As the world is witnessing the gradual loosening of the measures concerning COVID-19, the pandemic of our time, let us reflect on the time when another global pandemic was in full swing. The pandemic in question, commonly known as `Spanish flu’, took place roughly a century ago. As a result of globalization and wealth of information, the current pandemic has been filtered through the lens of sensationalism to such extent that even the oldest among us claim that it is an unprecedented phenomenon. However, the historic data testify to the contrary. The Spanish flu is still the worst recorded pandemic in the last two hundred years. One can only hope that it stays that way.
As one evil is always followed by another, at a time when the world was exhausted by the consequences of the First World War, a devastating pandemic appeared, claiming three times as many lives as the war itself. The mortality was highest among children up to 5 years of age, adults between 20 and 40 and older than 65 years of age. Consequently, more young soldiers died from the pandemic after the war than during the war. There were no vaccines and antibiotics; the treatment of those afflicted was confined to so-called `non-pharmaceutical interventions’: isolation, quarantine, good personal hygiene, the use of disinfectants and the limiting of public gatherings.
The pandemic lasted for three years – from the beginning of 1918, when the first cases were recorded in America (not in Spain, after which it was named) until the middle of 1920, when the entire world population was exposed to the virus, and people either died or acquired immunity.
The story of the origin of the name `Spanish flu’ is a rather interesting one. Namely, Spain declared neutrality in the First World War. While the rest of the world was surrounded by news of the war, the Spaniards reported in the newspapers of a devastating disease which was ravaging the country, calling it `French flu’. The flu was also present in other countries, which were preoccupied with the reports concerning the war rather than with the news of a new disease. The origin of the pandemic has remained a mystery to this day.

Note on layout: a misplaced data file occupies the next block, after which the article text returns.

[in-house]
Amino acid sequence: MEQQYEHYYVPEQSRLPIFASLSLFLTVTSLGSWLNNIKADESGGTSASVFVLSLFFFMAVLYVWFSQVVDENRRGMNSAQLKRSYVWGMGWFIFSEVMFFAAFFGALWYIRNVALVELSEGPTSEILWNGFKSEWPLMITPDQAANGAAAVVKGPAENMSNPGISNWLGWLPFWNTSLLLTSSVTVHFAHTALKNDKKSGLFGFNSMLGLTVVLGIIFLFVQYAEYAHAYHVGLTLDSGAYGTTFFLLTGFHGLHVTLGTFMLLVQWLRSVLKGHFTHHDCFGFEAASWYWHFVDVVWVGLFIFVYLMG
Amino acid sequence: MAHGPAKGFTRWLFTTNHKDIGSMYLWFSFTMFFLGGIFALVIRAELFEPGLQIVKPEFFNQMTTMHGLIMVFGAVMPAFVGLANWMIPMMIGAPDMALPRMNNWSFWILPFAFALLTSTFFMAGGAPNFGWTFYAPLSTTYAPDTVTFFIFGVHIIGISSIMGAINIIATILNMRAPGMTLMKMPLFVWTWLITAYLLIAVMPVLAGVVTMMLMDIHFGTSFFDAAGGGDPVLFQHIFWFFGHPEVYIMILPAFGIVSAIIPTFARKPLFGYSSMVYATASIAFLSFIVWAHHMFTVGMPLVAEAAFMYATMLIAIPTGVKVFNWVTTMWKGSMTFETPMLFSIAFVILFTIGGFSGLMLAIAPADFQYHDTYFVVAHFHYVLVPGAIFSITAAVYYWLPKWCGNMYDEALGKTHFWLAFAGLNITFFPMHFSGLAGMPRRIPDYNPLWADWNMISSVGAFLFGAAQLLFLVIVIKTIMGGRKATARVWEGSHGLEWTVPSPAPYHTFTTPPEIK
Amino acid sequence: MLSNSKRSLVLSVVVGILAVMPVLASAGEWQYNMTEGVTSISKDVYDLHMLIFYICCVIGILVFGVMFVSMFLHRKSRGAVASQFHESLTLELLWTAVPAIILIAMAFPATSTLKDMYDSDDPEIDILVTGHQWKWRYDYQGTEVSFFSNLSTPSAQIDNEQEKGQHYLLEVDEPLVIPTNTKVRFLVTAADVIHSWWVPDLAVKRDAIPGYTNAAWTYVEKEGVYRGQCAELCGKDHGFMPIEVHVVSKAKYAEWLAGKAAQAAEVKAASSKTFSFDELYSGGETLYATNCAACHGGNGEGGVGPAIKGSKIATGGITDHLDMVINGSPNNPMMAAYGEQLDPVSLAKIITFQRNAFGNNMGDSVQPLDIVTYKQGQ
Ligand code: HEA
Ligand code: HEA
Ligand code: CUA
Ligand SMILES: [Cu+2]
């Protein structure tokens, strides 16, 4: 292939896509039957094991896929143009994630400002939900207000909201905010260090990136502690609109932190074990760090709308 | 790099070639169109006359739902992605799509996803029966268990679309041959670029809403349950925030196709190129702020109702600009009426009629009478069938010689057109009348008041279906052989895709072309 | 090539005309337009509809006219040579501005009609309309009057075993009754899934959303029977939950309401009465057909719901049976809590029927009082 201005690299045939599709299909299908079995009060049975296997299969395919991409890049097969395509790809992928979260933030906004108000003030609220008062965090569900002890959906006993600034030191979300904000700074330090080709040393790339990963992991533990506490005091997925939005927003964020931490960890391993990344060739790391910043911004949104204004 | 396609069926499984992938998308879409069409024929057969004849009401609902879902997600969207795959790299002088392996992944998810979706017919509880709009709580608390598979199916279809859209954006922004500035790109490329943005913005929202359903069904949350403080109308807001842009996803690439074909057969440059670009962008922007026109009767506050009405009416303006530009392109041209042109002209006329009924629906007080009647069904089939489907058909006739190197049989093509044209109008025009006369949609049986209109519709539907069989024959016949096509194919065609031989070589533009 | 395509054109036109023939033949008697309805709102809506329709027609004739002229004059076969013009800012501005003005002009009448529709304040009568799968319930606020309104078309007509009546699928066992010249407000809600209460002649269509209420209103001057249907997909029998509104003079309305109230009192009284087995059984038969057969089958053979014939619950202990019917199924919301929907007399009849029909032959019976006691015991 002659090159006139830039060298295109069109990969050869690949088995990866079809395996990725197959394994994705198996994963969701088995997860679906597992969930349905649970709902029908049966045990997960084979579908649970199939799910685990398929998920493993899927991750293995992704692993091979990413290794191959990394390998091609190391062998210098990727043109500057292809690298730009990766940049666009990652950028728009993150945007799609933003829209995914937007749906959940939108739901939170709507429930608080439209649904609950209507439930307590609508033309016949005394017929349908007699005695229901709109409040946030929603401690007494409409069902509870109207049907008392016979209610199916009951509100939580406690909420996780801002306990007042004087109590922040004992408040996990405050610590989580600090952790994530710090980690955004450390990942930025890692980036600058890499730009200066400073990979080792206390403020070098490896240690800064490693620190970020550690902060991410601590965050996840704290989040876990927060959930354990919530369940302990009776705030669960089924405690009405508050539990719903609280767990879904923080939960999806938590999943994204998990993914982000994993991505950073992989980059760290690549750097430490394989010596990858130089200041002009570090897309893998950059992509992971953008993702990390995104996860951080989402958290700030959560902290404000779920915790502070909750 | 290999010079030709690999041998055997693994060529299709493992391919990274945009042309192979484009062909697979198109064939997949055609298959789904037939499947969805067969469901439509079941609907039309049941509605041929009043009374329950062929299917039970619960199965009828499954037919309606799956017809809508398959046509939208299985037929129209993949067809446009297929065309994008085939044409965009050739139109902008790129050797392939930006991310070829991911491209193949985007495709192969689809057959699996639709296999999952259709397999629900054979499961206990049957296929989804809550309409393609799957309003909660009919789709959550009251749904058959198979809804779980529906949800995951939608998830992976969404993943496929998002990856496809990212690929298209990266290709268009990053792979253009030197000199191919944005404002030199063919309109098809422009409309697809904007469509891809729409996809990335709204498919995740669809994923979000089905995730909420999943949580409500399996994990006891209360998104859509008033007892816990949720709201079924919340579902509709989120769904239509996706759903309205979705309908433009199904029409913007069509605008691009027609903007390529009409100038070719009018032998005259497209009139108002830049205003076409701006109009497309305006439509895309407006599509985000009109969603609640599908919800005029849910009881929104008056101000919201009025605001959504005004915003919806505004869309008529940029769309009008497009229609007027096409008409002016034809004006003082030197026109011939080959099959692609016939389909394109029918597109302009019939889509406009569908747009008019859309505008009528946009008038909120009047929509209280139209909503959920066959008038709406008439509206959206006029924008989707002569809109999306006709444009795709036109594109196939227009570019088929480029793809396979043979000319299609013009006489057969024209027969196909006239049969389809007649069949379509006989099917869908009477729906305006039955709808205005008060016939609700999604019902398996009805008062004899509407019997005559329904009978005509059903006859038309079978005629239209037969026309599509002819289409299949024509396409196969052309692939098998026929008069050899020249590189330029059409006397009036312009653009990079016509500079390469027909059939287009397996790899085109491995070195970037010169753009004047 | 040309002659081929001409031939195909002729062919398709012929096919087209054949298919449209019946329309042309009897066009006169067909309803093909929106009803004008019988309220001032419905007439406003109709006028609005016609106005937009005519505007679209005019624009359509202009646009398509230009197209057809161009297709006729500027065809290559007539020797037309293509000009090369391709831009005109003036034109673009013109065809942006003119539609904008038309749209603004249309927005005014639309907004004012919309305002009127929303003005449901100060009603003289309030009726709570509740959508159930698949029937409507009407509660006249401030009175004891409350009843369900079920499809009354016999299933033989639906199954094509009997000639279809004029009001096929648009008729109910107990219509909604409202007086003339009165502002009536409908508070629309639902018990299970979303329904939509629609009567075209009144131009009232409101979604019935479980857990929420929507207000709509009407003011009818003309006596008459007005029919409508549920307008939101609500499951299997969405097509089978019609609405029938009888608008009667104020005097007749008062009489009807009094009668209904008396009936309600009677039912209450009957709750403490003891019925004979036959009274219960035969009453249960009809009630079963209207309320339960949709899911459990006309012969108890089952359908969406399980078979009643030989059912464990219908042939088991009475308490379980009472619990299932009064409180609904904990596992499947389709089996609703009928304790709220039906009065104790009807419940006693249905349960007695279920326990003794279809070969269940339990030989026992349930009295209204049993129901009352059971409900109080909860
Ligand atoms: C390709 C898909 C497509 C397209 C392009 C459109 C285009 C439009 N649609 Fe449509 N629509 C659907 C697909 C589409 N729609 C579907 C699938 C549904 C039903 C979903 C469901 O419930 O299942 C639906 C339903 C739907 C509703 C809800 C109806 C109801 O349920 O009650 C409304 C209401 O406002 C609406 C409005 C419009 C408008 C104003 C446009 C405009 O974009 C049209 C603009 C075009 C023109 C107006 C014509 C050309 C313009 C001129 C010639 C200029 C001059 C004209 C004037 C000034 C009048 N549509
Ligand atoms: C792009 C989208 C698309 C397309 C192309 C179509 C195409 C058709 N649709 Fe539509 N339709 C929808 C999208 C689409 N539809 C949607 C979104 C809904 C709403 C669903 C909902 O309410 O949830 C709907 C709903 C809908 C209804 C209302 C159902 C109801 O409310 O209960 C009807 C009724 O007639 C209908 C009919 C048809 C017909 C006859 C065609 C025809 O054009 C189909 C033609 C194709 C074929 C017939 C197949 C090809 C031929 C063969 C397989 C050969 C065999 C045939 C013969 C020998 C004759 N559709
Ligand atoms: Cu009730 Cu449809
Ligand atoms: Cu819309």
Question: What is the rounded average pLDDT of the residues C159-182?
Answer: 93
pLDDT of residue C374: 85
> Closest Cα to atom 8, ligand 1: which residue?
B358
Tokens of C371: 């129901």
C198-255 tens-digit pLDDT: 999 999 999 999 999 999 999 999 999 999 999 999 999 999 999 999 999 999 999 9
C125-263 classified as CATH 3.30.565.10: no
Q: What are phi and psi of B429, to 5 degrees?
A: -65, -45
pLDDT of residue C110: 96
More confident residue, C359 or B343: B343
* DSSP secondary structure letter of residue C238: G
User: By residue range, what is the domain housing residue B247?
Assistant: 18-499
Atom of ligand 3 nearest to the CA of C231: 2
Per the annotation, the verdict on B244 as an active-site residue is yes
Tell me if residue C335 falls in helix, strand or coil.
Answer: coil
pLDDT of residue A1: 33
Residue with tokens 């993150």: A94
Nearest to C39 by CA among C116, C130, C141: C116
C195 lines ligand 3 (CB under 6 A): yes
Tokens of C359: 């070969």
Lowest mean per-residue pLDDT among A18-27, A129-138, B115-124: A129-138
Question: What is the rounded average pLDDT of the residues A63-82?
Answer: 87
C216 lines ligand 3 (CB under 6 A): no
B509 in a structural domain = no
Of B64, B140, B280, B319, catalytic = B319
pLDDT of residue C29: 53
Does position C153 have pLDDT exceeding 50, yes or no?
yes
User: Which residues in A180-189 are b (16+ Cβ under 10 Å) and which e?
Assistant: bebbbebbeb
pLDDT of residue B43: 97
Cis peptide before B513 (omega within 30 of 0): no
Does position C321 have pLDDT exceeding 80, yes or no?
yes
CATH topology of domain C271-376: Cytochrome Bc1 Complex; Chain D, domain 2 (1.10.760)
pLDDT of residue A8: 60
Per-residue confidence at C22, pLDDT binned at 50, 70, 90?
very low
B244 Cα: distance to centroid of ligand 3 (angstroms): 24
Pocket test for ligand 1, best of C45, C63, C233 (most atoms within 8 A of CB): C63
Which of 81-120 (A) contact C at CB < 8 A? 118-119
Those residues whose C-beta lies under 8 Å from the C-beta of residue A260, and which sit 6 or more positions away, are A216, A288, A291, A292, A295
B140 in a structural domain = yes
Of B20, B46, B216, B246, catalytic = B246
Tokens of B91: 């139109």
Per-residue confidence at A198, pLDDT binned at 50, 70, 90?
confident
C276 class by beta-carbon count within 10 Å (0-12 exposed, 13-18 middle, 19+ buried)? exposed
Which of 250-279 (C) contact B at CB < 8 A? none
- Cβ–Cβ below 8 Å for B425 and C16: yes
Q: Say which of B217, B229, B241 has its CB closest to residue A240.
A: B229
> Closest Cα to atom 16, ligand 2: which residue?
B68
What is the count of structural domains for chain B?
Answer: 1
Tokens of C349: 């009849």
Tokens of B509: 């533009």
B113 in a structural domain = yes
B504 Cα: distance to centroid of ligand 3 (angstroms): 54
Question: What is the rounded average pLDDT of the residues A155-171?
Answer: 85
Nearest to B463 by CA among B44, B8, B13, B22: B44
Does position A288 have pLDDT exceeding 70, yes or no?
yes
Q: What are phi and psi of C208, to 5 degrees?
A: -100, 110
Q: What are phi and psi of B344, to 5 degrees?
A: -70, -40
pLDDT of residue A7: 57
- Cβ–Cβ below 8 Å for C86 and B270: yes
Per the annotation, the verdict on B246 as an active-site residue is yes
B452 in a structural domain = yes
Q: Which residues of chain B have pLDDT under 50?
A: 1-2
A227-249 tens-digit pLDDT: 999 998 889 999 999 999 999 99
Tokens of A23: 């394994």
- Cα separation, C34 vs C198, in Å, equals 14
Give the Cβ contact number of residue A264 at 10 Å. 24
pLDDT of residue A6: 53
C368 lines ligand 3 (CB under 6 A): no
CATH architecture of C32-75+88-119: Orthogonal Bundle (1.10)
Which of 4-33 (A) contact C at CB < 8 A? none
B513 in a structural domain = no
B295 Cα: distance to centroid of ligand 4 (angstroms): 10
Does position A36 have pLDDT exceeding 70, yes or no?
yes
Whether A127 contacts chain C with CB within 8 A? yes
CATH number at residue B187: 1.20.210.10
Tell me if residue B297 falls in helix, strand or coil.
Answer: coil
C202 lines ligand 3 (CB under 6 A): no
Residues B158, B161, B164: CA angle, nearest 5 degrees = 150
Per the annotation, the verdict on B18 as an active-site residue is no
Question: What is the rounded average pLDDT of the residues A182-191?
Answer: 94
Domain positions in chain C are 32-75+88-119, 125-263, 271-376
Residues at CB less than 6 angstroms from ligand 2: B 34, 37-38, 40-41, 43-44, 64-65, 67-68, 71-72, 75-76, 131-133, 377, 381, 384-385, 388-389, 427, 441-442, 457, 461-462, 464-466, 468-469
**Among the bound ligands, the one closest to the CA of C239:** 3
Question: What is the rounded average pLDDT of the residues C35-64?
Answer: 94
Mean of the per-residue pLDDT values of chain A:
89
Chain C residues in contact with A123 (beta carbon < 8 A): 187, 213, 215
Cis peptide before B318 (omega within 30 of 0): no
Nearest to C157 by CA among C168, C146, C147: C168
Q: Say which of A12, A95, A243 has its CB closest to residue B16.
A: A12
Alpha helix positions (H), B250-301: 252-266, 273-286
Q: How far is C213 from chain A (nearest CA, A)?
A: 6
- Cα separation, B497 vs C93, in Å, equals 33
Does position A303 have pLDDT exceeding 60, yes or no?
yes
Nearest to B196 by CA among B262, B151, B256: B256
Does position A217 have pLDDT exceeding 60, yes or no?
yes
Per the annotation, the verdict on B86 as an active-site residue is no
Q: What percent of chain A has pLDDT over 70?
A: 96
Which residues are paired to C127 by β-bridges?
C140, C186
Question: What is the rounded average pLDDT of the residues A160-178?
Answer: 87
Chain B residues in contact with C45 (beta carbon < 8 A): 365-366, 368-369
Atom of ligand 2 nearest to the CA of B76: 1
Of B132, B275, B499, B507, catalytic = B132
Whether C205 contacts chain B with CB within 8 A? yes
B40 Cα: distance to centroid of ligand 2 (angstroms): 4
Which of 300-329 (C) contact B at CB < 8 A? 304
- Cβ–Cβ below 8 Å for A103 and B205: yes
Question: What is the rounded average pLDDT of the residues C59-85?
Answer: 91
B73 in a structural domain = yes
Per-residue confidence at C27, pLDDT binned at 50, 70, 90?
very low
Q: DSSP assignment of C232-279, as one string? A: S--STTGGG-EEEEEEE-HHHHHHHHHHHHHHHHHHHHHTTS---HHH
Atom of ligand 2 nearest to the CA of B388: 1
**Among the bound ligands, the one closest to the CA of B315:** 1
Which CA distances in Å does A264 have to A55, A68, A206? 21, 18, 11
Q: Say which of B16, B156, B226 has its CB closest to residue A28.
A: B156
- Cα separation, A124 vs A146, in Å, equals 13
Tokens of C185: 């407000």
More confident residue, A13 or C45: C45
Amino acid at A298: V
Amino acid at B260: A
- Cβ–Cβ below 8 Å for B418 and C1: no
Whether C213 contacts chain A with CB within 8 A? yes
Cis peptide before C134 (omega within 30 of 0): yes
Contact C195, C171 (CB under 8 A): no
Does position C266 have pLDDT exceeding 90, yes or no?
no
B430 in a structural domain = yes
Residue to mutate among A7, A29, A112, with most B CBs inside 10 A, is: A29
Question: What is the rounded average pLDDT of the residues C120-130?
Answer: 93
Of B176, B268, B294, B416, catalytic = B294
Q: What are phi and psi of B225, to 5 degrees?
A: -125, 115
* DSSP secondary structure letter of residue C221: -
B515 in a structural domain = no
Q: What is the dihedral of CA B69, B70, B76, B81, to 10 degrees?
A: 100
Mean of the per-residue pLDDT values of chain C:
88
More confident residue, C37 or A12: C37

Konavle was also affected by this global pandemic. Various sources say that it reached Konavle in the summer of 1918, but that it did not last for three full years – it disappeared at the end of that same year, reaching its peak in November. At that time, all the parishes recorded a large number of infected people. The Cavtat parish priest, The Reverend Father Ivo Božić, writes: `this deplorable disease affected the whole parish, especially Cavtat, and almost two-thirds of the locals were temporarily bedridden, and some even died, as can be seen from the death register‘. As he states, the disease spared no one, and the symptoms were: `chills in the back, fatigue and a high fever up to 40 Celsius (104 Fahrenheit)‘. The common complications were bronchitis and pneumonia, almost inevitably resulting in death. In the Čilipi parish chronicle, it is written that the month of November was the worst period, during which 18 people in their prime died.
Remembering her mother’s stories of that time, one of our narrators shared the following one: `My mother was young when Spanish flu was around, so she would tell me stories about the way things were back then. She was twenty years old and she would go around and help those who were infected. They would all lie around the house, struck with fever, and beg for water. She would bring water, pour it into their glasses and pots and give it to them. Before entering their houses, she would smear herself with ashes, and she would wash her hands up to the elbow with vinegar when leaving the houses. You had to be careful because there were more sick people than healthy ones. Everyone then drank hot mulled wine and they gave it to the children to drink as well. They said that it protected you from the Spanish flu… There were families that were completely wiped out. When I was a child, there was a house in the neighbourhood that no one entered, and through the window you could always see the same tablecloth on the table. Like most children, we were curious, but the fear was greater… The whole family died from the Spanish flu except for one child. The boy was taken by relatives to America, and when he came back as an adult, he sold the house.‘
Another narrator reminisced about her father, who survived a severe infection which gave him no respite until `black blood burst from his nose, when he was returning home from Cavtat via the upper Zvekovica‘.
In those months, the Konavle residents also fought the bandits from Montenegro and Herzegovina in addition to the Spanish flu. Taking advantage of the situation, the bandits tried to plunder the border villages. These events were recorded in the Pločice parish chronicle: `During this time, bandits from Montenegro and Herzegovina began entering Konavle. None of the Konavle people were killed, and everything went well thanks to the fact that our people were all well-armed”.
Although the records show that the disease more or less subsided at the end of 1918, it was still present in the world and claimed many lives. In fact, one of our most famous cultural monuments from the beginning of the 20th century was built as a direct consequence of the Spanish flu. In 1918, the Račić shipowning family from Cavtat was preparing for a wedding celebration in Rome, where the father and two children fell ill and died. In the following year, mother Mare also died, and the family’s money was left to a foundation. Part of the money was used for the construction of the Račić Family Mausoleum at the St Roch Cemetery. The choice of the site for the mausoleum has a symbolic dimension, since St Roch is a saint traditionally invoked against the plague and other infectious diseases.